Incision was conducted in accordance with local analgesia under general anesthesia, and a buccal flap was formed. Horizontal osteotomy was performed from the bilateral first premolar to the first permanent molar, while vertical osteotomy was conducted on the mesial surface of the bilateral first premolar.
Le Fort I osteotomy was conducted in accordance with local analgesia under general anesthesia.
Segmental osteotomy is a surgical procedure which moves alveolar bone fragments of the teeth to improve skeletal malformation and malocclusion and is divided into anterior and posterior molar segmental osteotomy according to the location of operation [6, 7].
Of these, posterior maxillary molar segmental osteotomy was developed by Schuchardt as a two-stage operation for the treatment of anterior open bite in 1954, and then it was transformed into a one-stage operation by Kufner in 1960. Since post-PMSO physiological cure was reported by Bell in 1971, the one-stage operation has been broadly used [8, 9].
If intermaxillary space is decreased by the erupted maxillary molar for a variety of causes, various treatment methods can be attempted so that the patient can bite normally. However, if the degree of eruption is serious, there may be limitations in establishing an ideal treatment plan with prosthetic treatment alone.
Forced orthodontic intrusion using extruded molar is also a good treatment option and has been shown satisfactory results . If one proceeds with orthodontic treatment alone to solve the decreased vertical dimension or arch length discrepancy, it may cause various problems. Patient compliance may be difficult to achieve given the significant length of treatment. Root resorption routinely occurs when forced intrusion is proceeded. The extrusion of anchorage teeth is the main complication of the conventional orthodontic method such as intrusion arch technique . And there are still limitations in the amount of intrusion even when using contemporary method such as micro-implant. The variation of the maxillary molar intrusion ranged from −3.68 to 8.67 mm accompanying buccal tilting of the compromised molar teeth .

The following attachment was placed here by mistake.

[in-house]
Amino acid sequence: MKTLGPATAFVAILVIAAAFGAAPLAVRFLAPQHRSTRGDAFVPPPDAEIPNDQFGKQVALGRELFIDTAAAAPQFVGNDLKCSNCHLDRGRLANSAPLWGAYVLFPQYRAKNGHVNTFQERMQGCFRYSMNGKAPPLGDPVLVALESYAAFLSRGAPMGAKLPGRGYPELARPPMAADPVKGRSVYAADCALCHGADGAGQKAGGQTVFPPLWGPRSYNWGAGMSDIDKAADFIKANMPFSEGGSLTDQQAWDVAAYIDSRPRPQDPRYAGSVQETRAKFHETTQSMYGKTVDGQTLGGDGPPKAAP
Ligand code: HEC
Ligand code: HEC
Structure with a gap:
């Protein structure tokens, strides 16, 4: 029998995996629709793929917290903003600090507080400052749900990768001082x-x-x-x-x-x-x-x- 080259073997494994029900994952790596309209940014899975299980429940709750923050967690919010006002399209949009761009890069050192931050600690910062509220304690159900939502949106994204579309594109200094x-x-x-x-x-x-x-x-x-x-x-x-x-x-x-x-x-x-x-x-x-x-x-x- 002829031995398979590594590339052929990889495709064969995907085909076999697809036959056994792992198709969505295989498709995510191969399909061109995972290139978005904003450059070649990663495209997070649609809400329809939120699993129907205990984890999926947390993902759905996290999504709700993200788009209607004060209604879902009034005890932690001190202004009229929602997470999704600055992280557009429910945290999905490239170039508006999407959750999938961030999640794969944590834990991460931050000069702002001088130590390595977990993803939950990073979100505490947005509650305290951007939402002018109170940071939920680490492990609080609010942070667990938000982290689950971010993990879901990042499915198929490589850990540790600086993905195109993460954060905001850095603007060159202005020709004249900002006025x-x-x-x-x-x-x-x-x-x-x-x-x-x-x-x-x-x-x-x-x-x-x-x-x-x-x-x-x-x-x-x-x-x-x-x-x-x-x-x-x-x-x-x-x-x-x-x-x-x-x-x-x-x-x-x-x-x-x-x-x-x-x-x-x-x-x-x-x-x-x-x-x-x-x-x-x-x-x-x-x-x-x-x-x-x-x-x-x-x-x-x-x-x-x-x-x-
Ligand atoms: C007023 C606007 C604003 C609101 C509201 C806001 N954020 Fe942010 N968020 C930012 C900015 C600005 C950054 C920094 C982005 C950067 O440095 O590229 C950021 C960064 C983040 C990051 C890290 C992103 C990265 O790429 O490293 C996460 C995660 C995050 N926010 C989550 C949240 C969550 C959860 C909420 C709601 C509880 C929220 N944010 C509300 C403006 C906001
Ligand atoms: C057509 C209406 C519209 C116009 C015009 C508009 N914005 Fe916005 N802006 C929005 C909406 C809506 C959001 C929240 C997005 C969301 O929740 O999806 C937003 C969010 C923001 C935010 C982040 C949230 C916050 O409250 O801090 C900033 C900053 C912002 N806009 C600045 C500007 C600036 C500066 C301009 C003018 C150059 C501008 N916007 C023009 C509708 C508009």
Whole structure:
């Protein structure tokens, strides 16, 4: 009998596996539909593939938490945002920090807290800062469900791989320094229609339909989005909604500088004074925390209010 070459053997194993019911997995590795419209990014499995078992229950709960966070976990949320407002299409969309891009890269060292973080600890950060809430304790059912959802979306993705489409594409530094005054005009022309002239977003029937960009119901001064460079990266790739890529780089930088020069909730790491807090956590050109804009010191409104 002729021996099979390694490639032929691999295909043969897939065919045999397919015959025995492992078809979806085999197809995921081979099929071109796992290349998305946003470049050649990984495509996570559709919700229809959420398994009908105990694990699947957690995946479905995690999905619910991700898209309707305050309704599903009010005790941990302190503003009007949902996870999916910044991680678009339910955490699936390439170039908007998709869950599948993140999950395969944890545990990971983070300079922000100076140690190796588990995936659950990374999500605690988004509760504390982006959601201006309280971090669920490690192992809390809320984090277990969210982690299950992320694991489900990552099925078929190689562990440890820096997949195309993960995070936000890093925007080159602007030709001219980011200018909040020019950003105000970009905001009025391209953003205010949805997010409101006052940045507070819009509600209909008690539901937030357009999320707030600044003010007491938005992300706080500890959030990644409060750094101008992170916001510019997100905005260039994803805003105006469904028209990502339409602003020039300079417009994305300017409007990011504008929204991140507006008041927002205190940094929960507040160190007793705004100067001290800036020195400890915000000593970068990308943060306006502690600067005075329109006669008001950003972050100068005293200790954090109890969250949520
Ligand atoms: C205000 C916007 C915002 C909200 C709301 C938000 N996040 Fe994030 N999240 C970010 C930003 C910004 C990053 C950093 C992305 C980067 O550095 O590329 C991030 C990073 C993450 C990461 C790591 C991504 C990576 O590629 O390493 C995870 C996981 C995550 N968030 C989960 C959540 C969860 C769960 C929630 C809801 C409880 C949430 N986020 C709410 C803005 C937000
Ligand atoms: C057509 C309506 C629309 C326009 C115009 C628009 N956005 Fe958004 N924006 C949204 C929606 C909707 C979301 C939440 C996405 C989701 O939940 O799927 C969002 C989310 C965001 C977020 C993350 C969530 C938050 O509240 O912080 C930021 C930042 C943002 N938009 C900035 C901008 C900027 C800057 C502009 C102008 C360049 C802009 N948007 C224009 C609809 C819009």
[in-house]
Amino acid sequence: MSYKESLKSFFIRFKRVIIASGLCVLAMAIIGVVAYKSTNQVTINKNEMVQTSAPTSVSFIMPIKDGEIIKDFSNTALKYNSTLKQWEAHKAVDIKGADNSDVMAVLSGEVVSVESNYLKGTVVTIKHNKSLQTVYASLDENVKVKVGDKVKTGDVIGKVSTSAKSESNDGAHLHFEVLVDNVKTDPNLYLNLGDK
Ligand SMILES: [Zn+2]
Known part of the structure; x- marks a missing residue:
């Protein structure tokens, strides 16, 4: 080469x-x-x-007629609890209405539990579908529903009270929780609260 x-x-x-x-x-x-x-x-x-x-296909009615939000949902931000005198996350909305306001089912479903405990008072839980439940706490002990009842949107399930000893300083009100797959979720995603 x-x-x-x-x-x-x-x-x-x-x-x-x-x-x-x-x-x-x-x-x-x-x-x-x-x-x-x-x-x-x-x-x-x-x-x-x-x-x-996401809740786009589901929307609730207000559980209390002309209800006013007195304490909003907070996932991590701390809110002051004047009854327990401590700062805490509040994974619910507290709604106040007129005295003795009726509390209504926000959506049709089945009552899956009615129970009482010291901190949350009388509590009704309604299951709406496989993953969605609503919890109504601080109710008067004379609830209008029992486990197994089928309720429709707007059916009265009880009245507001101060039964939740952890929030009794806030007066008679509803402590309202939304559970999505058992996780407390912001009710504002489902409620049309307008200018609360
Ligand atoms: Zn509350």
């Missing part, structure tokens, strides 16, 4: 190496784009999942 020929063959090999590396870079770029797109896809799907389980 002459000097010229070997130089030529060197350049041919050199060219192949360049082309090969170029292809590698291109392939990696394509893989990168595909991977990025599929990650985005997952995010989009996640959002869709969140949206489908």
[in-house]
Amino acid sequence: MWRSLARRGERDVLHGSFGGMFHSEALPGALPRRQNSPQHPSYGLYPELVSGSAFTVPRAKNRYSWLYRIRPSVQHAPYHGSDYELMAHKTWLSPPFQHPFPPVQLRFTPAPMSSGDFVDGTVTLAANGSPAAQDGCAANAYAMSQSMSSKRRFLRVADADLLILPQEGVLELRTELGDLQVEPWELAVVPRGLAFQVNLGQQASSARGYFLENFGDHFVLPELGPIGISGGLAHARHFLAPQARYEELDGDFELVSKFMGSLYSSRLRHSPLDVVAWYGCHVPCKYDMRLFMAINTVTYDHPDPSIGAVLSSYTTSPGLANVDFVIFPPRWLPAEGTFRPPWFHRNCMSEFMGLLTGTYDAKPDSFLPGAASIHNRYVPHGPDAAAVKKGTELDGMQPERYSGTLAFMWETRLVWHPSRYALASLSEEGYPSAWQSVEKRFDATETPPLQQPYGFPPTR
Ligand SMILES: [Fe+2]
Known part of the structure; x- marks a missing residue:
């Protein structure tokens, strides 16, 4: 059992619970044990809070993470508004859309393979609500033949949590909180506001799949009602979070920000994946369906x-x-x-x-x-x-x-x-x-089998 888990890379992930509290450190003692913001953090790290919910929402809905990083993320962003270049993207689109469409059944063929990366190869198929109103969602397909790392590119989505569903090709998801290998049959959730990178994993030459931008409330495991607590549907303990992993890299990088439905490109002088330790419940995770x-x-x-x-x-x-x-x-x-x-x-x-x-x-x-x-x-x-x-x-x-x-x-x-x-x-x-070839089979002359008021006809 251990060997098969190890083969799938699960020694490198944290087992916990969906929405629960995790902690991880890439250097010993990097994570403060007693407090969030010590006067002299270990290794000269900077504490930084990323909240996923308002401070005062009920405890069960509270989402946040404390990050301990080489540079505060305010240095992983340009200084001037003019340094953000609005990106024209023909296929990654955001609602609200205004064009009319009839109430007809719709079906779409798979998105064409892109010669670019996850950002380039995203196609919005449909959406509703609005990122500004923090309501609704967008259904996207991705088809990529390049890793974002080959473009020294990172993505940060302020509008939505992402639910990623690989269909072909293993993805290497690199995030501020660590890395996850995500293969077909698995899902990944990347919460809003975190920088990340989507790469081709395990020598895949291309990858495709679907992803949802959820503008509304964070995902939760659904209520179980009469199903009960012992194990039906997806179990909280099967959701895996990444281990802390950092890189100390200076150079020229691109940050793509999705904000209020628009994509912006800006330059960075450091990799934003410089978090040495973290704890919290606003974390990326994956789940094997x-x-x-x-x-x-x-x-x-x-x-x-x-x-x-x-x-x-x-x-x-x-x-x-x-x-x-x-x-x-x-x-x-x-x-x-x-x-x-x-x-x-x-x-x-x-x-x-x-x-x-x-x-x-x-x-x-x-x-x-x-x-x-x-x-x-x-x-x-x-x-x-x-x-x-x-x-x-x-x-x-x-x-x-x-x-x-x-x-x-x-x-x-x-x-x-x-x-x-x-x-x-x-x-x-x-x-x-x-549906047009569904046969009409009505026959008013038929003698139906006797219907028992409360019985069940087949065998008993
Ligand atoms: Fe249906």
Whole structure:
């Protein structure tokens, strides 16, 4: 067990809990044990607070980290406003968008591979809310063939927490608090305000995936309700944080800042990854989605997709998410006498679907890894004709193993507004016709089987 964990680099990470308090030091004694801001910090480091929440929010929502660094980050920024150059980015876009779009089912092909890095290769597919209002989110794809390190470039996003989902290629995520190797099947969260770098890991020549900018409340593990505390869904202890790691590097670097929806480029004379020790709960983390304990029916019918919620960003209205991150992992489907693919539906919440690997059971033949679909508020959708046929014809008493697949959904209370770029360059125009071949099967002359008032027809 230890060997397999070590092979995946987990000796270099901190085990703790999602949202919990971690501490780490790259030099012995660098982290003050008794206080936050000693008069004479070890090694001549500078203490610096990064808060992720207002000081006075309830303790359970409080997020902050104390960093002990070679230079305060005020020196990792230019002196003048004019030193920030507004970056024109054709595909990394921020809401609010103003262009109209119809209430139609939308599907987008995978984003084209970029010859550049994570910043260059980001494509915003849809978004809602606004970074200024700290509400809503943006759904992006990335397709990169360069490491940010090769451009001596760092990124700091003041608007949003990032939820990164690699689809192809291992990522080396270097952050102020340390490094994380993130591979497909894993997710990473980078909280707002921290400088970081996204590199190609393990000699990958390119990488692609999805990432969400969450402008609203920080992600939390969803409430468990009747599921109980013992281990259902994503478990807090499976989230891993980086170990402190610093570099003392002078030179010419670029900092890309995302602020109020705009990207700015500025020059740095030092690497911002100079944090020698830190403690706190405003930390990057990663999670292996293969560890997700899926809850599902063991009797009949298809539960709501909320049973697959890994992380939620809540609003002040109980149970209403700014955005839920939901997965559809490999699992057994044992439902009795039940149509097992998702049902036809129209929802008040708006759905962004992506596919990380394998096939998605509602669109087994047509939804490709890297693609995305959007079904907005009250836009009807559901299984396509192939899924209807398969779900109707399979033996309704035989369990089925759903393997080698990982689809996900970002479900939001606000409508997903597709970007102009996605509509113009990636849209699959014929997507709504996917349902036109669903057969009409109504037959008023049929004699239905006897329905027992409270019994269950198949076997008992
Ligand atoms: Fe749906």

PMSO can be used as a surgical procedure for securing decreased intermaxillary space, treatment of horizontally excessive growth of the maxilla, maxillary and mandibular arch width discrepancy, molar open bite, and deep bite . And it can rather be a conservative approach in terms of saving the severely extruded molar teeth.
In this case report, the patients lacked intermaxillary space due to the seriously erupted maxillary molar. So, proper occlusal rehabilitation only by prosthetic treatment was difficult. Also, as cross bite of the molars exists, molar relationship can be improved by orthodontic treatment, but limited shift inevitably occurs because tooth shift is only possible within the alveolar housing during orthodontic treatment. After attempts to secure intermaxillary space and balance interarch molar width were made through maxillary molar segmental osteotomy in such situations, their biting ability could be successfully restored.
To the best of the authors’ knowledge, the posterior maxillary osteotomy is not performed only for posterior molar width improvements. It is usually used as a preemptive treatment to improve the prosthetic problems that appear after tooth extraction is accompanied. However, when there were difficulties before making implant crown after implant surgery due to unbalanced molar width following excessively tilted implant to the buccal side, satisfactory outcome was obtained by correcting the implant location through maxillary molar segmental osteotomy in some cases . Therefore, this case report is meaningful in that maxillary molar segmental osteotomy was used to improve decreased arch space and improper molar width following tooth extraction.